MillWheel: Fault-Tolerant Stream Processing at Internet Scale
Akidau et. al., VLDB 2013
The big idea: Streaming computations at scale are nothing new. Millwheel is a standard DAG stream processor, but one that runs at ‘Google’ scale. This paper really answers the following questions: what guarantees should be made about delivery and fault-tolerance to support most common use cases cheaply? What optimisations become available if you choose these guarantees carefully?
DB2 with BLU Acceleration: So Much More than Just a Column Store
Raman et. al., VLDB 2013
The big idea: IBM’s venerable DB2 technology was based on traditional row-based technology. By moving to a columnar execution engine, and crucially then by taking full advantage of the optimisations that columnar formats allow, the ‘BLU Acceleration’ project was able to improve read-mostly BI workloads by a 10 to 50 times speed-up.
The second in an extremely irregular series of posts made on behalf of my father, who has spent much of his retirement so far doing very hard mathematics. What is attached here is the essay he wrote for the Part III of the Cambridge Mathematical Tripos, a one year taught course. The subject is the Étale cohomology.
Says my Dad: “I am afraid that I have been lured away from the translation of SGA 4.5 for some time by the attraction of working on Wolfgang Krull’s report on “Idealtheorie” from 1935 (again I am not aware of an English version anywhere) which is yet another important classic. However during a year at Cambridge I did write an essay as a very basic introduction to Étale Cohomology which was based on the first part of SGA 4.5. So with the usual imprecation of caveat lector, here it is as a temporising partial substitute should any other beginner be interested.”
Here’s part of the introduction:
This essay has been written as part of the one year Certificate of Advanced Study in Mathematics (CASM) course at Cambridge University which coincides with Part III of the Mathematical Tripos. The starting point is, of necessity, roughly that reached in the lectures which in this particular year did not include much in the way of schemes and sheaves, nor, in the case of the author, much in the way of algebraic number theory.
Thus the frontiers of the subject can safely rest undisturbed by the contents of this essay. Rather it has been written with a reader in mind corresponding roughly to the author at the start of the enterprise. That is someone who is interested to find out what all the fuss was with the French algebraic geometers in the 1960s but is in need of some fairly elementary background to map out the abstractions involved and with any luck to avoid drowning in the “rising sea”.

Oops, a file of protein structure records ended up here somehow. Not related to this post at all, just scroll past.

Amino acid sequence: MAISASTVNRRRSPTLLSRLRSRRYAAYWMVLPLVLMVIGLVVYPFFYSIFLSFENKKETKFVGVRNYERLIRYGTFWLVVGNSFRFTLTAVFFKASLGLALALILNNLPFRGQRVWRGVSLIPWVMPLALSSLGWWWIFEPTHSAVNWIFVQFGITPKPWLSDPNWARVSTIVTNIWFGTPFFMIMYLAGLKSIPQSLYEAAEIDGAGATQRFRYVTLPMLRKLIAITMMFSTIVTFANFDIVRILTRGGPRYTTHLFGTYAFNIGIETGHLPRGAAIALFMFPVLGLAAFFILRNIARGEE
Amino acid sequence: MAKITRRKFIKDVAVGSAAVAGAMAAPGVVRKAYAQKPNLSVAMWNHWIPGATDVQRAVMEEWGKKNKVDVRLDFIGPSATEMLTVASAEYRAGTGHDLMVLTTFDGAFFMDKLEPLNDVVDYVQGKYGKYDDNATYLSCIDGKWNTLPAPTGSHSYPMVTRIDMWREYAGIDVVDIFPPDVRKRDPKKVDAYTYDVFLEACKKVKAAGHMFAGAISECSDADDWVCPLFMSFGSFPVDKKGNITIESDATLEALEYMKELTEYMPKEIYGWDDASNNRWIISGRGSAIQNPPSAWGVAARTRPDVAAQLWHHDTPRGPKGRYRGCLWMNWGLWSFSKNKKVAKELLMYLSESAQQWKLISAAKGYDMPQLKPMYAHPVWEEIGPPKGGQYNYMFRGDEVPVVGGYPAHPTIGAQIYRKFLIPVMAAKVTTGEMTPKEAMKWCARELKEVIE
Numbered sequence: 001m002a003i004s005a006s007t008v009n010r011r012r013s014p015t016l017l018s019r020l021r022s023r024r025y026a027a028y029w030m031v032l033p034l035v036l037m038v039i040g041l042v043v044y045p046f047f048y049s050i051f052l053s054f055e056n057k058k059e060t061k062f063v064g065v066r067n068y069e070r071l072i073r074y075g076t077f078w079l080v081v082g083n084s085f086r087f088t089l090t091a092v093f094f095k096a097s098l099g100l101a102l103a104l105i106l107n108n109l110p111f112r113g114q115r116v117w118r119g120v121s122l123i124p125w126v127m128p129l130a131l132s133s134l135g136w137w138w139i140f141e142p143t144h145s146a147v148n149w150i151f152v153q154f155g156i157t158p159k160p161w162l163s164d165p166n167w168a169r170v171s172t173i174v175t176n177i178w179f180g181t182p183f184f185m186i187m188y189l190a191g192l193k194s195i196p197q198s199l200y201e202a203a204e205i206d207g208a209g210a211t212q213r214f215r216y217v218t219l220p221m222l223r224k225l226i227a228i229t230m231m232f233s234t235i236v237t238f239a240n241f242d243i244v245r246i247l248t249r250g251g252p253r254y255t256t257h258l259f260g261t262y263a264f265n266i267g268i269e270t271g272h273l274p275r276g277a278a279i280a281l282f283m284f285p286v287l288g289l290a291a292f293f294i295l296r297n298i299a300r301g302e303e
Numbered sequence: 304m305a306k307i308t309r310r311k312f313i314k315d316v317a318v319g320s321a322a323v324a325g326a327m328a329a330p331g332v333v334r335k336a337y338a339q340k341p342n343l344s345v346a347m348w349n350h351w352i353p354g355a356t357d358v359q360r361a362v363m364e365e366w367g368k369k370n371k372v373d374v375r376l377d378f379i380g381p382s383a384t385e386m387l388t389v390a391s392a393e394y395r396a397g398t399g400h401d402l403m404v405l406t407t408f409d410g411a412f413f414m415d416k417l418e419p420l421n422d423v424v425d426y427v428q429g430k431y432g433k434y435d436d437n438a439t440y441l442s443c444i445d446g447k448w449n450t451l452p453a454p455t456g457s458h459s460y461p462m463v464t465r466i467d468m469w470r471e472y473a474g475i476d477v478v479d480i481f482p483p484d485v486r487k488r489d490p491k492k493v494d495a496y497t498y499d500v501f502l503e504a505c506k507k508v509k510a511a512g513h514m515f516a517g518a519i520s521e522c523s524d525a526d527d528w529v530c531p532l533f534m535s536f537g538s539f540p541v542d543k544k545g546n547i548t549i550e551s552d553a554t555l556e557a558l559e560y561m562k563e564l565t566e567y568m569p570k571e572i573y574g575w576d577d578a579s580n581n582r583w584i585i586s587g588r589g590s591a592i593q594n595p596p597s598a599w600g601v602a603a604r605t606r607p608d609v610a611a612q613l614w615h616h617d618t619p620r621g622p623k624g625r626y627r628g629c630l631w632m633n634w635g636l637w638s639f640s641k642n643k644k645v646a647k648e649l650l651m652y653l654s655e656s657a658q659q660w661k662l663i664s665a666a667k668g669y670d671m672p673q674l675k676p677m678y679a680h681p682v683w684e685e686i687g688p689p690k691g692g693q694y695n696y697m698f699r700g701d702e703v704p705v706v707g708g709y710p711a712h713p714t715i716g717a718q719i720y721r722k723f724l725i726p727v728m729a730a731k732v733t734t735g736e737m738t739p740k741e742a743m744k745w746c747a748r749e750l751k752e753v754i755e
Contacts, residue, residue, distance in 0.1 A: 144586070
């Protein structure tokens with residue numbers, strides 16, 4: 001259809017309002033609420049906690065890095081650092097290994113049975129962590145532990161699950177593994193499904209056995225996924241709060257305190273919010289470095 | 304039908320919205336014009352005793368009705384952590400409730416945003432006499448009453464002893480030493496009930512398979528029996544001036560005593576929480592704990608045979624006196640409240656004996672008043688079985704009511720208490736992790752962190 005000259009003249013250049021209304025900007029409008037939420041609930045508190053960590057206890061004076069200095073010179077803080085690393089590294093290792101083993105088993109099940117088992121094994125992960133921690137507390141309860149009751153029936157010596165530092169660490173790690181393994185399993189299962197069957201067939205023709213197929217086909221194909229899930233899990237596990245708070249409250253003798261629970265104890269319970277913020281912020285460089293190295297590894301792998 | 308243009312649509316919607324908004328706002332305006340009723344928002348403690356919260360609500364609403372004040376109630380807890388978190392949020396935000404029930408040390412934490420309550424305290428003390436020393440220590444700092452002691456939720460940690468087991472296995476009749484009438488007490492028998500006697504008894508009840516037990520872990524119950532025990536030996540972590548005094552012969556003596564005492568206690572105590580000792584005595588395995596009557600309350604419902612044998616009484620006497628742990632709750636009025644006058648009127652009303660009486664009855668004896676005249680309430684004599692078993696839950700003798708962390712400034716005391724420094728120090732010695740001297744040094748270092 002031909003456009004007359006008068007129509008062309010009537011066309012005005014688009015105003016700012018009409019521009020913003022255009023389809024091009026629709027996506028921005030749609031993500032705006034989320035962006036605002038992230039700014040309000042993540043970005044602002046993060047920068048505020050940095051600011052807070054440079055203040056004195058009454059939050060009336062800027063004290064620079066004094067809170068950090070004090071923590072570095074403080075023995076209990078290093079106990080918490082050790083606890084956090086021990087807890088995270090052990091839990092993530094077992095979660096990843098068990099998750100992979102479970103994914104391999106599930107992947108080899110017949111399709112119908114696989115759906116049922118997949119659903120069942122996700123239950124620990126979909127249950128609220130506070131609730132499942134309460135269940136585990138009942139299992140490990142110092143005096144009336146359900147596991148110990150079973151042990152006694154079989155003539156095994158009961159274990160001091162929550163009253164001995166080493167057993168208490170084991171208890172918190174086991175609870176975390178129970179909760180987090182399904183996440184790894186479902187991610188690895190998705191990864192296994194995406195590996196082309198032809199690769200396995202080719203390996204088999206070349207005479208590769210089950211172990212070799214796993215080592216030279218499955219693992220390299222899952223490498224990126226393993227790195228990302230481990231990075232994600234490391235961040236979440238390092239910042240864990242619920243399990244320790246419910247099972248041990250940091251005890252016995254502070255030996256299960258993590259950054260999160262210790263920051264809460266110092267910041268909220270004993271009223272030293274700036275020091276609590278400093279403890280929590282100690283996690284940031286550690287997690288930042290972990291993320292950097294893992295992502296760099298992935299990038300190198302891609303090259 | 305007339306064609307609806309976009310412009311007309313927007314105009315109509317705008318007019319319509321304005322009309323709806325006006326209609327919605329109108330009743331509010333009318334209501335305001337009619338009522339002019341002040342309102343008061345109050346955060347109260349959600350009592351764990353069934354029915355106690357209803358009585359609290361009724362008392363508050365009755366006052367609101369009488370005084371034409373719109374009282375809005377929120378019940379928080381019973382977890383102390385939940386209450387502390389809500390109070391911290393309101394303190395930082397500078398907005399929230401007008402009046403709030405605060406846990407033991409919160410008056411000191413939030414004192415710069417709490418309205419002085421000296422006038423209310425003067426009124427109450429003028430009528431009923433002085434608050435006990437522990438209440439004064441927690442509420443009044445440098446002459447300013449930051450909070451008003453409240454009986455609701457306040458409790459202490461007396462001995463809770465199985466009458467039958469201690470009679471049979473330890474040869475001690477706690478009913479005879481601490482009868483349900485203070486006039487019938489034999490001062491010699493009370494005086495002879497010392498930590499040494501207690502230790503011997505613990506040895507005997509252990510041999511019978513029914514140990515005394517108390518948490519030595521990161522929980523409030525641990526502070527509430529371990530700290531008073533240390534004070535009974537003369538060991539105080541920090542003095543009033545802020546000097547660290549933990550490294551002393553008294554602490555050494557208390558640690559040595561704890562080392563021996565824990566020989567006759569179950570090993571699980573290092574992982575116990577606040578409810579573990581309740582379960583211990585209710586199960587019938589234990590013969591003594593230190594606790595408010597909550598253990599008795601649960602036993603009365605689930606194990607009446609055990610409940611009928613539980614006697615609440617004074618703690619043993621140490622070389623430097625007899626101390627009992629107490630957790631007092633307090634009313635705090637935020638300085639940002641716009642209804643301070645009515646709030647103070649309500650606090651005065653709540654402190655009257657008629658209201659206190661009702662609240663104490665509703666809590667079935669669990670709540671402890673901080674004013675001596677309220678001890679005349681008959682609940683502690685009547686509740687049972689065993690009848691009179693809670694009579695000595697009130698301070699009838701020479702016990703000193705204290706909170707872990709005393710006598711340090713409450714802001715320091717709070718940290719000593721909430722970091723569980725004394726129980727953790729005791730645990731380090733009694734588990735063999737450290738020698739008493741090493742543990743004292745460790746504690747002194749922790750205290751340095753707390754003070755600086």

And here’s the essay itself!
TLDR: Yesterday I mentioned on Twitter that I’d found a bad performance problem when writing to a large
ByteArrayOutputStream in Java. After some digging, it appears to be the case that there’s a bad bug in JDK6 that doesn’t affect correctness, but does cause performance to nosedive when a
ByteArrayOutputStream gets large. This post explains why.
Raft is a new-ish consensus implementation whose great benefit, to my mind it, is its applicability for real systems. We briefly discussed it internally at Cloudera, and I thought I’d share what I contributed, below. There’s an underlying theme here regarding the role of distributed systems research in practitioners’ daily work, and how the act of building a distributed system has not yet been sufficiently well commoditised to render a familiarity with the original research unnecessary. I think I’d argue that bridging that gap further is necessary: no matter how much fun it is to read all these papers, it shouldn’t be a pre-requisite to being successful in implementing a distributed system. I have more to write on this.
“The trouble with Paxos is that it’s ‘only’ a consensus algorithm; a theoretical achievement but not one necessarily suited to building practical systems. Remember that the demonstration that a correct, message-optimal protocol even existed was the main contribution. To that end, a lot of practical considerations were left by the wayside. Leader election is an exercise for the reader (since Paxos is robust to bad implementations where there are several leaders, it doesn’t matter what election scheme is used). Paxos is not concerned with ‘logs’ at all; that it can be used to build replicated-state machines with durable logs is a corollary, not the main theorem.
Raft fills in a ton of these gaps, and more power to them for doing so. The leader election algorithm is set in stone. There are additional constraints to ensure that updates are seen and processed in hole-free order (Paxos doesn’t guarantee this), which is exactly what you want from a distributed log. Raft also specifies a view-change algorithm, which Paxos does not, but VS replication does. The huge effort required to get ZOOKEEPER-107 committed shows how hard this is to retrofit onto an existing system.
So: there’s a tendency to conflate ‘distributed replicated with strong consistency properties’ with ‘consensus algorithm’. Consensus shows you can agree on a single value, multi-Paxos shows you can agree on a bunch of them, but neither give you a complete system for a replicated log which is actually what most of our distributed systems want to interact with.”